Before my daughter, Katelynn Faith was born, we knew she had a rare chromosomal anomaly. We knew that Katelynn’s differences had made her special and she would be given every opportunity to find her way in life. Katelynn is strong. During her time at the hospital, people could see how special she was. She was surrounded in a sterile, cold environment, and yet she locked eyes with those around her. People could feel her presence and attentiveness.
Every morning before going to the NICU, I remember sitting on my bed, looking at my wheelchair. I would think about what I needed to accomplish. I knew the day demanded more than I had; getting out of bed and getting ready was already so draining. So, God and I had a conversation. I told God how much I felt I could do of my day—usually less than 10%— and asked him to take care of the rest. I knew he had to carry me, because I had to be awesome, I had to be beyond my best for my three children depending on me. They looked to my attitude to see if they could get through this. I would not let them down because I was their mom.
I have been blessed in my life with having a close relationship to God. I know he has carried me and comforted me in some of the hardest times of my life. My relative, Stephen, is going through the similar need to ask God to carry him when he can do no more. Stephen has a Chiari Malformation Decompression, which is a rare brain disorder. Last year, a surgeon tried to fix the problem, and was unable to help. Stephen’s condition has been worsening, with Parkinson shakes, Grand Mal seizures, and periods where he doesn’t know who he is or where he is. He has liquid pressing against his brain, which is an additional problem that is causing a lot of complications. Stephen has been unable to work for more than a year because of his condition. In November, he was told his brain was starting to necrotize (die) and that he didn’t have much longer to live. When my niece, Sheraya found out what was going on with her cousin, she stepped in with fundraising to help pay for some of the medical costs. As Stephen’s story spread, a specialist on Stephen’s condition from New York got involved. In January, Stephen went to New York to see Dr. Bolognese and found out his condition was NOT fatal, and is operable.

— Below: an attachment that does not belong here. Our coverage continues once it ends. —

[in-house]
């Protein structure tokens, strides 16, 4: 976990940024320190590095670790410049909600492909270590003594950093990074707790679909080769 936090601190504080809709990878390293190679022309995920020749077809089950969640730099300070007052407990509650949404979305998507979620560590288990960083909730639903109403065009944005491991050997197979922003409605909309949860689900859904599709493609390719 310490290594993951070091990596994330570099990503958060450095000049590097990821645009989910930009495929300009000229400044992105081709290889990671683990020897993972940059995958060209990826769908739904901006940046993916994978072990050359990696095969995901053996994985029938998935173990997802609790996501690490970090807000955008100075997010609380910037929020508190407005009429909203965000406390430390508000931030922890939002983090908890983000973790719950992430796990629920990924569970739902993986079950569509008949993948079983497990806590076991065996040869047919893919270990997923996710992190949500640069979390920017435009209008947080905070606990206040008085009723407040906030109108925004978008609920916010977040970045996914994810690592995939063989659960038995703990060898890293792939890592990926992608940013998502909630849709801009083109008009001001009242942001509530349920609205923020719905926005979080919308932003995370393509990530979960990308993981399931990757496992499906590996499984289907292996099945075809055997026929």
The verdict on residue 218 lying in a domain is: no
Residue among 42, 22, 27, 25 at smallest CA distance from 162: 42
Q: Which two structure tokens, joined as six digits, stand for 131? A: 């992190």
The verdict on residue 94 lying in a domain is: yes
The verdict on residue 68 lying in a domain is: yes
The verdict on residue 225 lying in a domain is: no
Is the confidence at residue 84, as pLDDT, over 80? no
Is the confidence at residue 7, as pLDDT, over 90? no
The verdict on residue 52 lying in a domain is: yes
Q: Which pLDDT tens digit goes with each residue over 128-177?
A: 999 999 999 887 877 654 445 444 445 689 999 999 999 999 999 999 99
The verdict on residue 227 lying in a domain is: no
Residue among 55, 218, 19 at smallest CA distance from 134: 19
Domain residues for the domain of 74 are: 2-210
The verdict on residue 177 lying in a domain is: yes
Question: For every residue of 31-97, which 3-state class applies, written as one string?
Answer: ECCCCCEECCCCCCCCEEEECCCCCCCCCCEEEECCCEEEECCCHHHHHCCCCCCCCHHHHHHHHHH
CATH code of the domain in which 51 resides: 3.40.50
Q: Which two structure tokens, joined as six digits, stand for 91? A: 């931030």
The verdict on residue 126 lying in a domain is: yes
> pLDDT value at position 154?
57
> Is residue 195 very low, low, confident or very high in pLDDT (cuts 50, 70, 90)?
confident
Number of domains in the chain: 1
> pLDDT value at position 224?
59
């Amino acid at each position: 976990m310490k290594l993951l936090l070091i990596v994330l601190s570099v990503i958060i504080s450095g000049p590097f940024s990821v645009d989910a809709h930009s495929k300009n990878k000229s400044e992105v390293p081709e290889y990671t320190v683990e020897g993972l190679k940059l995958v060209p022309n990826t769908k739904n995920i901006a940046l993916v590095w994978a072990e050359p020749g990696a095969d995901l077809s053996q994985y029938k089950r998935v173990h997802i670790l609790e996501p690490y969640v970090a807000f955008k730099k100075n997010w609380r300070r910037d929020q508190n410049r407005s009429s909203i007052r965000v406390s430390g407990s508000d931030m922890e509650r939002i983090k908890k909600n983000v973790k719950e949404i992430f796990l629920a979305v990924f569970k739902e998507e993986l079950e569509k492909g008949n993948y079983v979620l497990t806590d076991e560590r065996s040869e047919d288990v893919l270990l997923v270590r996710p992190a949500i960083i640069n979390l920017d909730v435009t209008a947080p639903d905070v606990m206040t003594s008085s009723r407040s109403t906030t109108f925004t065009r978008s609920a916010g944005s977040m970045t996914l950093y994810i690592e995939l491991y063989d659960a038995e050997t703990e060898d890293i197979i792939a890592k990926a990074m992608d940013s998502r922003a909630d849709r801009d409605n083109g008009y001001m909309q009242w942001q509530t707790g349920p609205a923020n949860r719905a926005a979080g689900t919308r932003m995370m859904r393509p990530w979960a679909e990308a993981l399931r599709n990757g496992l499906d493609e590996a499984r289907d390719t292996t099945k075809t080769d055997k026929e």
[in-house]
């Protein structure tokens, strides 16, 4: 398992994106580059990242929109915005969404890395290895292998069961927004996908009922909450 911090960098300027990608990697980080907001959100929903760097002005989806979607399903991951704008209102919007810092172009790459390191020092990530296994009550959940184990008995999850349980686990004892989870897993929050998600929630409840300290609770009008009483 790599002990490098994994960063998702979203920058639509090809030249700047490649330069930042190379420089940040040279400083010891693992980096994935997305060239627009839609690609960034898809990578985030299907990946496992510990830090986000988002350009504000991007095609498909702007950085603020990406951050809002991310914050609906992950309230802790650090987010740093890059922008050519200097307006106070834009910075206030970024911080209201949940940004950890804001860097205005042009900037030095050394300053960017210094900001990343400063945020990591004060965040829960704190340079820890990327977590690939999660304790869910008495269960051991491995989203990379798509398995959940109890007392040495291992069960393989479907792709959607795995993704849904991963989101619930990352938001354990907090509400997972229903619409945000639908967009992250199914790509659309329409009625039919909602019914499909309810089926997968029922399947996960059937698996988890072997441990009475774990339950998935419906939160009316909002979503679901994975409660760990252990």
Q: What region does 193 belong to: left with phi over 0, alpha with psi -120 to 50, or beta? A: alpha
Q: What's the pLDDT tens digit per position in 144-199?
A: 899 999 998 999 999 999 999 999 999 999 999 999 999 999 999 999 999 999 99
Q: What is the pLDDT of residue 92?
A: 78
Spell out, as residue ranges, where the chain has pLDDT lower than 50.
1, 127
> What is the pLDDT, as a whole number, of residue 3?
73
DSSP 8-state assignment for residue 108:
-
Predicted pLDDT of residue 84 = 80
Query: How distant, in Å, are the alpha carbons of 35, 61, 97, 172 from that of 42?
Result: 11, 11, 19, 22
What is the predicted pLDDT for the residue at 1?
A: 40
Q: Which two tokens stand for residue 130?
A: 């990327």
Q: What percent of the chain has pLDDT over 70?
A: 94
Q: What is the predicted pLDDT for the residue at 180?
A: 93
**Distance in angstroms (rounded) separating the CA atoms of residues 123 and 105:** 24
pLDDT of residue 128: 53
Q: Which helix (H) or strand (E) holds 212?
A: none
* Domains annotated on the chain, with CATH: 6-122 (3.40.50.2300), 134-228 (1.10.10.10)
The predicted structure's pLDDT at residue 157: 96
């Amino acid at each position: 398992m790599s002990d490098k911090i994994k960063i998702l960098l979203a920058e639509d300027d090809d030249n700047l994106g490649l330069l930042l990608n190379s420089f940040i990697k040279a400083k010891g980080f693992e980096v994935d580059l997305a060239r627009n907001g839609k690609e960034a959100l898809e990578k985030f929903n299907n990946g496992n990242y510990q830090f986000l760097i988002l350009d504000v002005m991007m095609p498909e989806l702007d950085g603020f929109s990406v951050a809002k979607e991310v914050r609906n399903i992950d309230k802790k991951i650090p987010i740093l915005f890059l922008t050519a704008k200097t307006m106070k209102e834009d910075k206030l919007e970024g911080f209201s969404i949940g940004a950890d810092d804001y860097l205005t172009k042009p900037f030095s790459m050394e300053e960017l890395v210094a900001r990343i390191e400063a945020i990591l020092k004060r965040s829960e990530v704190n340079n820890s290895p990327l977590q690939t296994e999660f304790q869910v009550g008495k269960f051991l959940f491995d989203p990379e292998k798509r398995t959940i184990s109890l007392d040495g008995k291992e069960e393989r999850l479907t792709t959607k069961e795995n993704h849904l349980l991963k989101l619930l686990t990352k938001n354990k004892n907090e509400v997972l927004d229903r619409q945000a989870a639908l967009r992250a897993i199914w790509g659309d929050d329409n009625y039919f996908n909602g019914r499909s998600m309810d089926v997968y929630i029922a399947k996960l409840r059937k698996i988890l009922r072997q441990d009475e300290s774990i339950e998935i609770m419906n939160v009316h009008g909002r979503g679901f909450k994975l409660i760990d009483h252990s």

My niece, Sheraya, has spoken to me about how it’s hard to see Stephen suffering. He’s in his early 30’s—and when he was younger, made decisions that led him down a scary path. It’s hard to see him change his life so drastically, and to have made his peace with God, only to have him now suffering daily from this illness.
Now we have hope, we have a goal—to raise the money for Stephen to get back to New York and get the surgery he needs to save his life. Stephen, and his wife, Lesley, are so upbeat and positive. Throughout the whole experience, Lesley has been looking forward, and has not lost faith that Stephen can get the help he needs. Stephen is taking life by the horns, and fighting a battle that is overwhelming. If you are interested in learning more about Stephen’s story or helping him get to New York, you can go to his website, BelayingStephen.com or his fundraising site, gofundme.com/belayingstephen.
I’m grateful for all I have in my life, and the fact that we were able to care for Nathan through the bus accident and heart attack, and then Katelynn through her time here. As much as we try to look on the bright side, the bitter truth is, crummy things happen in life. But, we can choose to come out of those experiences stronger, surer of ourselves, and more determined to love and cherish the people we have.